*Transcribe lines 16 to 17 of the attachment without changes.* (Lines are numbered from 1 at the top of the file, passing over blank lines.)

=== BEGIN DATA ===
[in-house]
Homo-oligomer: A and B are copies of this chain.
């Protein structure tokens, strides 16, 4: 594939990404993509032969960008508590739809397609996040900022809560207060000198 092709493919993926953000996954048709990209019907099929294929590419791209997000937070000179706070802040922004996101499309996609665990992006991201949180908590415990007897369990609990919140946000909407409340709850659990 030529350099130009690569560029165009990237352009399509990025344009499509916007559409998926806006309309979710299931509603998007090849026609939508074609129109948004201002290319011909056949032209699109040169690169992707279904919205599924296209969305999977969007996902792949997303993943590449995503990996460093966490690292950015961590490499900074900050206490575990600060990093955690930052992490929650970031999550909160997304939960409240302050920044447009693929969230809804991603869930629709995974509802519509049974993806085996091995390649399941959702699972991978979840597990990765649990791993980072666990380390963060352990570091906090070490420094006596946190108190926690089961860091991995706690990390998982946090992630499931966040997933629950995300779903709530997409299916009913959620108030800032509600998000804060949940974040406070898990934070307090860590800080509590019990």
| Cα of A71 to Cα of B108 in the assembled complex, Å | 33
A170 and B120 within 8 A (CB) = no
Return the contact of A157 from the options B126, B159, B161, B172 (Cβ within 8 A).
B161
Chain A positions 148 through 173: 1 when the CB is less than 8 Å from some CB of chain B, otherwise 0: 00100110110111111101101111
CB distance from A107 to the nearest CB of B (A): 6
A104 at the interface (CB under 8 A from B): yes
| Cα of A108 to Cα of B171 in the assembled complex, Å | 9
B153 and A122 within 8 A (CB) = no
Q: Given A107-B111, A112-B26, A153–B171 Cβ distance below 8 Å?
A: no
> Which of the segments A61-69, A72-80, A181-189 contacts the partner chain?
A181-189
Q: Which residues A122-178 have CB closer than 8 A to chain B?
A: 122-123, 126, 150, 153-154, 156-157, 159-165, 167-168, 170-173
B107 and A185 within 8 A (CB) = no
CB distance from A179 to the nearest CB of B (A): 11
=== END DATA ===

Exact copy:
A181-189
Q: Which residues A122-178 have CB closer than 8 A to chain B?